Quick Tip: Using CSS Transitions in Responsive Web Design

With responsive web design (RWD) when we resize the browser window our designs move haphazardly across the screen as it meets each breakpoint. Which is not a problem for the average user, most don’t normally sit at their computers resizing their web browsers in a hundred different ways. Wouldn’t it be better if our design gently and gracefully eased into position. Enter CSS transitions.

CSS transitions are a great way to add some flavor to your responsive website. Elements such text and/or images, repositioning smoothly, when resizing the browser. Although this feature may often go unnoticed, it’s really easy to implement, and looks far better than having text or images reposition abruptly.

Check out this demo.

Here’s how you can get it working on your website. In this case we are going to smoothly animate some text, which will resize when the browser reaches a certain breakpoint.

First, apply this style to your text. Make sure to use the proper vendor prefixes. This will transition the text size, using an “ease-in-and-out” animation.

body {
   	font-size:11em;
   	transition:all .5s ease-in-out; 
   	-o-transition:all .5s ease-in-out; 
   	-moz-transition:all .5s ease-in-out; 
   	-webkit-transition:all .5s ease-in-out;
}

In the CSS above, we are telling the styles within the body to transition ALL. This means every style that changes in the media queries below, will transition. .5s is the length of time for the transition, and ease-in-out is the type of transition.

Now, in your media queries, set the font to a different size. Depending on your design, this size will vary.

@media screen and (max-width:500px) {
body {
    	font-size:8em;
  	}
}

Each time you set a different media query breakpoint, and change the font size for the “body” text, it will smoothly transition.

This will also apply to colors and opacity as well. The example below will transition the font color from Black to Red.

body {
   	font-size:11em;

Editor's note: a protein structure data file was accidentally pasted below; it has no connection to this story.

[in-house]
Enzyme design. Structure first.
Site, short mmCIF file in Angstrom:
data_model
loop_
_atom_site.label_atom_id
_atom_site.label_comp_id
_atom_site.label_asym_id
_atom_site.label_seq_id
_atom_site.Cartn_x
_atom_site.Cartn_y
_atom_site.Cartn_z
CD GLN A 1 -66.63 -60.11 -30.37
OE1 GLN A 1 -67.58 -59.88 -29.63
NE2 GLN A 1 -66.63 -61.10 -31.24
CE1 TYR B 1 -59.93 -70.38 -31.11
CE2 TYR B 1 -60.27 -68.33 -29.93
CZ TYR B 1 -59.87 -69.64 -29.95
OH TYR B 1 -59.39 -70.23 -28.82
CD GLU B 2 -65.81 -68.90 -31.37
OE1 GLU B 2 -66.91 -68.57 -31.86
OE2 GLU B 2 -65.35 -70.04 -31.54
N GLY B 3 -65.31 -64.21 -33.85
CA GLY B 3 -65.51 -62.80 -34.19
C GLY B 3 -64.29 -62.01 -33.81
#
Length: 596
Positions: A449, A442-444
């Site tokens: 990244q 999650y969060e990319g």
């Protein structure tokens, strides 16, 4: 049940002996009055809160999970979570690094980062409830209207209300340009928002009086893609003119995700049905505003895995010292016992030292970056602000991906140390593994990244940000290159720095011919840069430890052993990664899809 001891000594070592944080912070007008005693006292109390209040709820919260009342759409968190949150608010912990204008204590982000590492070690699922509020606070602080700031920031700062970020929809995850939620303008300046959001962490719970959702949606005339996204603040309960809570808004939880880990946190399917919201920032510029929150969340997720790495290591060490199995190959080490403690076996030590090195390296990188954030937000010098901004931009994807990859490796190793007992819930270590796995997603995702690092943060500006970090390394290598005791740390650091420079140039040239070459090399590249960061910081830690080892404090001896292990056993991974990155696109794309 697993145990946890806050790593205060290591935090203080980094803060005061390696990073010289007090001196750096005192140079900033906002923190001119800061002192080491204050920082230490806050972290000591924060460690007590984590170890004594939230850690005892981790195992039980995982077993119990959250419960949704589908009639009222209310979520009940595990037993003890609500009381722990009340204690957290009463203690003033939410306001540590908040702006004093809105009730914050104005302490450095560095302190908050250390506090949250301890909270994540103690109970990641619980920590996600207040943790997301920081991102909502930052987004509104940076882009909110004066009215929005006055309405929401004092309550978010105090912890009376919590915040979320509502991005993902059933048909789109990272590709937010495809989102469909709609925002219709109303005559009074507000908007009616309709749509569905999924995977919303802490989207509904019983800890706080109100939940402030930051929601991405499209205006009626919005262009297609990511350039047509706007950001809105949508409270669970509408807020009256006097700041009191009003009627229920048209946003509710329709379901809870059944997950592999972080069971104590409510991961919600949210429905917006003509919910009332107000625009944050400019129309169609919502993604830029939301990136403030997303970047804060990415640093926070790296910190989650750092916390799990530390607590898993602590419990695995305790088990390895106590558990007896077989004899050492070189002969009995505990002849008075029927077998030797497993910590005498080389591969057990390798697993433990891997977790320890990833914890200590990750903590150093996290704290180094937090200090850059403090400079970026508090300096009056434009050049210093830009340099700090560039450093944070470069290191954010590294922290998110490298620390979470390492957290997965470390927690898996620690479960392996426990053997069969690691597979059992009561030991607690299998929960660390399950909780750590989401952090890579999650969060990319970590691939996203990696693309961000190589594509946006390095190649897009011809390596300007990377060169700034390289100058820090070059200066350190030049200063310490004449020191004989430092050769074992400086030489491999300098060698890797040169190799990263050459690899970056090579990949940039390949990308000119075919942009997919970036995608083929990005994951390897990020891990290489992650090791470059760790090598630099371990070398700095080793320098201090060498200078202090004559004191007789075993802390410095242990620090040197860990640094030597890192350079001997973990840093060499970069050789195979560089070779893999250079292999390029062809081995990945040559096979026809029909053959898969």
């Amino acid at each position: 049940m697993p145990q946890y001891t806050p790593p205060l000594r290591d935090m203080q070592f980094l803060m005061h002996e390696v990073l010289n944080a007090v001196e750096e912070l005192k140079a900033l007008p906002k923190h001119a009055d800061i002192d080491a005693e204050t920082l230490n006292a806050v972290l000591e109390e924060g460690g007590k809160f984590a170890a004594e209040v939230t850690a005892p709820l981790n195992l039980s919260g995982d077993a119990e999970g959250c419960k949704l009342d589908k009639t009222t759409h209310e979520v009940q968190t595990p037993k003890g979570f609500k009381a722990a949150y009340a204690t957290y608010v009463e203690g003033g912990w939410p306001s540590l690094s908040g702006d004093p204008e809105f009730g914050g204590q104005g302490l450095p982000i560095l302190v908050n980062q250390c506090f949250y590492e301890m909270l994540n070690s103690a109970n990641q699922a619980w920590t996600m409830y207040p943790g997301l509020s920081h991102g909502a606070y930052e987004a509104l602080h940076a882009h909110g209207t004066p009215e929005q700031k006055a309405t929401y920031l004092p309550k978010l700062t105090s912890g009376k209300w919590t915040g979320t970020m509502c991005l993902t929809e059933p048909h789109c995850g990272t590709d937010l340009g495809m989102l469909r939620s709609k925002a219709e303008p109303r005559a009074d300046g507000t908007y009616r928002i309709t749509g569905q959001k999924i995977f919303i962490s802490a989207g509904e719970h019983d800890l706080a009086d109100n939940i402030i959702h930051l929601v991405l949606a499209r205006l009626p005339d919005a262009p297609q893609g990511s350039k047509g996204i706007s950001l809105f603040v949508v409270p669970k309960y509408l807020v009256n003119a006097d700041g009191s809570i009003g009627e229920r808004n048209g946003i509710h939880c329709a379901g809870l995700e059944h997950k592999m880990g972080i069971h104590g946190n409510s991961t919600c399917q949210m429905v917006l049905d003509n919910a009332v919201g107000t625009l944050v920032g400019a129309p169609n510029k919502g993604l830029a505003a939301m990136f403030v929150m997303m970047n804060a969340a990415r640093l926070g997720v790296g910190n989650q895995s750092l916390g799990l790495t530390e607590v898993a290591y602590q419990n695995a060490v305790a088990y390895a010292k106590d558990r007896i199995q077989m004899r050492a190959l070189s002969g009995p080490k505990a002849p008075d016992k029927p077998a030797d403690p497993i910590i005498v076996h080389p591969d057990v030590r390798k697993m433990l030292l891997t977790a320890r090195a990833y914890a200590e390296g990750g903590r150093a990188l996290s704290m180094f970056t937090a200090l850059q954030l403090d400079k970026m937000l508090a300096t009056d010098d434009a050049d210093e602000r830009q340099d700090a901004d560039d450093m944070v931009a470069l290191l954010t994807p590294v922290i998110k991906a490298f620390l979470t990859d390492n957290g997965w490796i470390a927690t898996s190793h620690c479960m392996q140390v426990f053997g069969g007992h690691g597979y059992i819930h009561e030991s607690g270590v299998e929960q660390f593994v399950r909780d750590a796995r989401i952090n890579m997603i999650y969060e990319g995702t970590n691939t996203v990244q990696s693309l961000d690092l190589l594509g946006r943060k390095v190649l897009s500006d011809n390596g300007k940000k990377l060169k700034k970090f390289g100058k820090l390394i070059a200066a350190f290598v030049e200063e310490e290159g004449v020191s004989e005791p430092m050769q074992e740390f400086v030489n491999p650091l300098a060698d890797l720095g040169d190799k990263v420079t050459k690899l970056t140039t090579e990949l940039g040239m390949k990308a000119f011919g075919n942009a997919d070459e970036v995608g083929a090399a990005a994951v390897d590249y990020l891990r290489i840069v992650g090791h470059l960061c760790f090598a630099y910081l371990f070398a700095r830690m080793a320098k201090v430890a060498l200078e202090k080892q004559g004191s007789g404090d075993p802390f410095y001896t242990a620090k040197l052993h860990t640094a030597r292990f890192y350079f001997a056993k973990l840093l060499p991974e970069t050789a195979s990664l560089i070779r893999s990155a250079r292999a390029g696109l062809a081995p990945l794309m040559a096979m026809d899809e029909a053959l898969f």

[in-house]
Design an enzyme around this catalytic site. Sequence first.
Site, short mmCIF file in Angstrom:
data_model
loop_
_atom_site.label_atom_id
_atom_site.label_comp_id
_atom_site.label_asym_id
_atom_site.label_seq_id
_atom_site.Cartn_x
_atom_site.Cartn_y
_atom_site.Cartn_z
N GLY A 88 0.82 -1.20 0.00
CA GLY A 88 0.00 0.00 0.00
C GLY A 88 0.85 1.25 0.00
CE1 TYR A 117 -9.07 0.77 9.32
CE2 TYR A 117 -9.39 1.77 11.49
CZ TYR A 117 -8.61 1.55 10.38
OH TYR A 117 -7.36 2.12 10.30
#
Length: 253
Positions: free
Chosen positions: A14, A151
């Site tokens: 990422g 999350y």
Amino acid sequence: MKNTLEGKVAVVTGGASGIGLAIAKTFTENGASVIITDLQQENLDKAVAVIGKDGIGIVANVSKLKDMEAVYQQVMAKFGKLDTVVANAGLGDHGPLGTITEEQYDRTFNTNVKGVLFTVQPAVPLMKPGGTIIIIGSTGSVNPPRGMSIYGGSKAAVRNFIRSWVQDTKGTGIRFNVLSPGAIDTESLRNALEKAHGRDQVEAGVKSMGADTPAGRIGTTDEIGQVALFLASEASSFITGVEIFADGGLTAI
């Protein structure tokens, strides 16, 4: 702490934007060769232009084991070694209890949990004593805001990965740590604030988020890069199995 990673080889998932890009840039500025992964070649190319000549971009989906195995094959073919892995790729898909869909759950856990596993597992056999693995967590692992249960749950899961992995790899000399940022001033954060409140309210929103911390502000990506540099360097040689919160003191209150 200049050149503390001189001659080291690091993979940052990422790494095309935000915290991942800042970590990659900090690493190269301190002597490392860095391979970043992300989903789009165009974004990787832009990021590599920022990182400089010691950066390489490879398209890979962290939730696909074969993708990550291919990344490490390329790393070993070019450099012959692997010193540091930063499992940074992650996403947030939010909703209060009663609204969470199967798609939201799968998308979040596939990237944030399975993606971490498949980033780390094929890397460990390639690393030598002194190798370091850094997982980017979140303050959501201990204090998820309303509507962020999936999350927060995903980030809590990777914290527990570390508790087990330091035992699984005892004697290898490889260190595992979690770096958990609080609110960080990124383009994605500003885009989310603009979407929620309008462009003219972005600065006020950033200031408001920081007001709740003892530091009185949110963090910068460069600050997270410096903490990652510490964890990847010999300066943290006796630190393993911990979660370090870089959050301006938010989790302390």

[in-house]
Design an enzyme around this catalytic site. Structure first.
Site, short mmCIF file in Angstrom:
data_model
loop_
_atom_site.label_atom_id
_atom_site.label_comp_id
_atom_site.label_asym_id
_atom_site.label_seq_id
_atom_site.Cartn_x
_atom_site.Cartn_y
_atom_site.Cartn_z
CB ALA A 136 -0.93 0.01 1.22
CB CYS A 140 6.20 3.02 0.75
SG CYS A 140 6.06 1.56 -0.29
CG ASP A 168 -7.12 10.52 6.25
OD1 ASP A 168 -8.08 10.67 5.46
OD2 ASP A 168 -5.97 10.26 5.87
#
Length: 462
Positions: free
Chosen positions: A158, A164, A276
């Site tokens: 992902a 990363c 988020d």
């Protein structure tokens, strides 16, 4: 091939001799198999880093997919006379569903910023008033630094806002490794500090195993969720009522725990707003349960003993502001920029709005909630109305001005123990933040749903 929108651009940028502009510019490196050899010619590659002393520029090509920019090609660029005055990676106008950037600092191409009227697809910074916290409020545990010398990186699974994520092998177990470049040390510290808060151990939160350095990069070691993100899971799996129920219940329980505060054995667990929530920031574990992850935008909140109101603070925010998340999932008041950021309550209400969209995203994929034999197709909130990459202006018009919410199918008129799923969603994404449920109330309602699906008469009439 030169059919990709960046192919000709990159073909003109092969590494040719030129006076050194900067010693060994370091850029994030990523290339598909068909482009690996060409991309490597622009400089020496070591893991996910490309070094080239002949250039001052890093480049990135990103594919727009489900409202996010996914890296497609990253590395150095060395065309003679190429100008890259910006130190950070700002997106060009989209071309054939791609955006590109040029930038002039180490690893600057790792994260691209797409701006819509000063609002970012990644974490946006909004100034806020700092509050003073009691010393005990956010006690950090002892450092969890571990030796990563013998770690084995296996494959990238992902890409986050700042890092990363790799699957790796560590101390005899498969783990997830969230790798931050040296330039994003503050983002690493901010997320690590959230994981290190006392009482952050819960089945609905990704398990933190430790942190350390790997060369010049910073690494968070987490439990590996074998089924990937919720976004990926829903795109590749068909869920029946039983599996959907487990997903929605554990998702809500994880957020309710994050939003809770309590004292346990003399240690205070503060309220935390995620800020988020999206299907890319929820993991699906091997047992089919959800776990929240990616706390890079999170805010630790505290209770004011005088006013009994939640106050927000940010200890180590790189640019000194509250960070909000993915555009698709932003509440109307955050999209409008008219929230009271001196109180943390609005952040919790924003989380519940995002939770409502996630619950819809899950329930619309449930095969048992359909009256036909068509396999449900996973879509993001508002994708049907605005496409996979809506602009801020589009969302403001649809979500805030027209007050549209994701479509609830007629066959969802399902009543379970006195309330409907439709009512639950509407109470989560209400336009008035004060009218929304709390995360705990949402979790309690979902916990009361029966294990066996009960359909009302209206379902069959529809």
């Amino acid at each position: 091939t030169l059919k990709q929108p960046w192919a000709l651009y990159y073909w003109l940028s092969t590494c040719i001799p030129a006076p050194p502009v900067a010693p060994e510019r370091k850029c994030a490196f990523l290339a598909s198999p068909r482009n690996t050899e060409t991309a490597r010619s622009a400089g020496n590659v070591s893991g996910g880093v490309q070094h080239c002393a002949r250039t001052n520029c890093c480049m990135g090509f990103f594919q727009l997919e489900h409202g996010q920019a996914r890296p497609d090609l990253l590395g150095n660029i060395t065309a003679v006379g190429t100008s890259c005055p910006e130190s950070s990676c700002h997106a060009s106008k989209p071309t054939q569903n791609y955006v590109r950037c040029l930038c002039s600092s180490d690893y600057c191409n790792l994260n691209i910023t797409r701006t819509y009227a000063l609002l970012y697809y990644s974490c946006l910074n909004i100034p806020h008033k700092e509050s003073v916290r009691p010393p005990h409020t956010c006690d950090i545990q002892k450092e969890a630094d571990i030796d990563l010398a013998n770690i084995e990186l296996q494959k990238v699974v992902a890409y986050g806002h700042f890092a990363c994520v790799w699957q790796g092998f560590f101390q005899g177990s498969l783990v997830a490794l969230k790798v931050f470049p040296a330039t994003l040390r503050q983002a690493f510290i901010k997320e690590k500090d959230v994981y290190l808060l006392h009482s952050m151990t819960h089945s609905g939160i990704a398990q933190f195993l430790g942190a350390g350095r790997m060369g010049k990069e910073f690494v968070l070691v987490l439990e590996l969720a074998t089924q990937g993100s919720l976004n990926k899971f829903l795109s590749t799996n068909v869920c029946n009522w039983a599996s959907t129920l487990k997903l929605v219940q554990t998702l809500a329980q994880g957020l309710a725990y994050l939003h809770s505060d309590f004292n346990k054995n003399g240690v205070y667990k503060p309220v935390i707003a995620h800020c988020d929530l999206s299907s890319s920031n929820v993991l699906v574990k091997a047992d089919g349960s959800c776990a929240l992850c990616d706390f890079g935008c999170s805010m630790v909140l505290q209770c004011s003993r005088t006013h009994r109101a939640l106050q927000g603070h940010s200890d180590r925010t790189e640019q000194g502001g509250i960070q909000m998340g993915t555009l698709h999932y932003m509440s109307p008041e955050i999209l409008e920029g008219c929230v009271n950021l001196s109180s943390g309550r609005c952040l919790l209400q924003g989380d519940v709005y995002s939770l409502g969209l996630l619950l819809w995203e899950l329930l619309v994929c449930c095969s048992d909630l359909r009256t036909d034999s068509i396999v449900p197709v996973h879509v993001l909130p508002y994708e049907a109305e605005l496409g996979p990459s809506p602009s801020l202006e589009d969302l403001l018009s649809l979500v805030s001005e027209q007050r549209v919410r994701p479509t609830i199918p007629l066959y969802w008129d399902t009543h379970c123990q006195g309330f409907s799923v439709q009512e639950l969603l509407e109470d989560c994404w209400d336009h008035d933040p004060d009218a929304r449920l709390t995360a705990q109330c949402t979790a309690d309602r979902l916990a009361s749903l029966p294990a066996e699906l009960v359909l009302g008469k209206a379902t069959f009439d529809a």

color:#000;
   	transition:all .5s ease-in-out; 
   	-o-transition:all .5s ease-in-out; 
   	-moz-transition:all .5s ease-in-out; 
   	-webkit-transition:all .5s ease-in-out;
}

@media screen and (max-width:500px) {
body {
    	font-size:8em;
        color:#ff0000;
  }
}

View the demo, and check out the source code to see some more ways you can play around with CSS Transitions in RWD.

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John Surdakowski, from AvexDesigns.com is a web designer and developer currently living in New York. He loves experimenting with new styles and techniques both in web and mobile. John has a Twitter account. He posts random things. Follow him @avexdesign.

Comments

  • awa

    You should add the unprefixed transition to the bottom so it overrides all experimental implementations

  • Mark Penrice

    Nice, but beautifully pointless at the same time. And it’s a shame this page itself doesn’t feature such stuff.

  • pax

    Pretty useless, responsive design is not for resizing windows, is for different screen sizes, you don’t resize a tablet or mobile phone browser window. Windows are most often full size in each client, there’s no point in resizing – other than testing responsive desings.

  • Thanks, This is very useful tutorial.

  • But you do resize a browser window in your pc/mac. The effect looks pretty nice in that scenario.

  • Shinekhuu D

    what about changing horizontal to vertical?

  • pax

    you have a point, though when one changes the tablet/phone position the focus on the page is already lost, so I’d say this is still a proof of concept trick than actually useful.

  • Shinekhuu D

    Also just note please, for example my mom’s eyes are pretty bad, and she increases website’s zoom to make it easier to read.
    Sorry for my English, hope you understand my idea.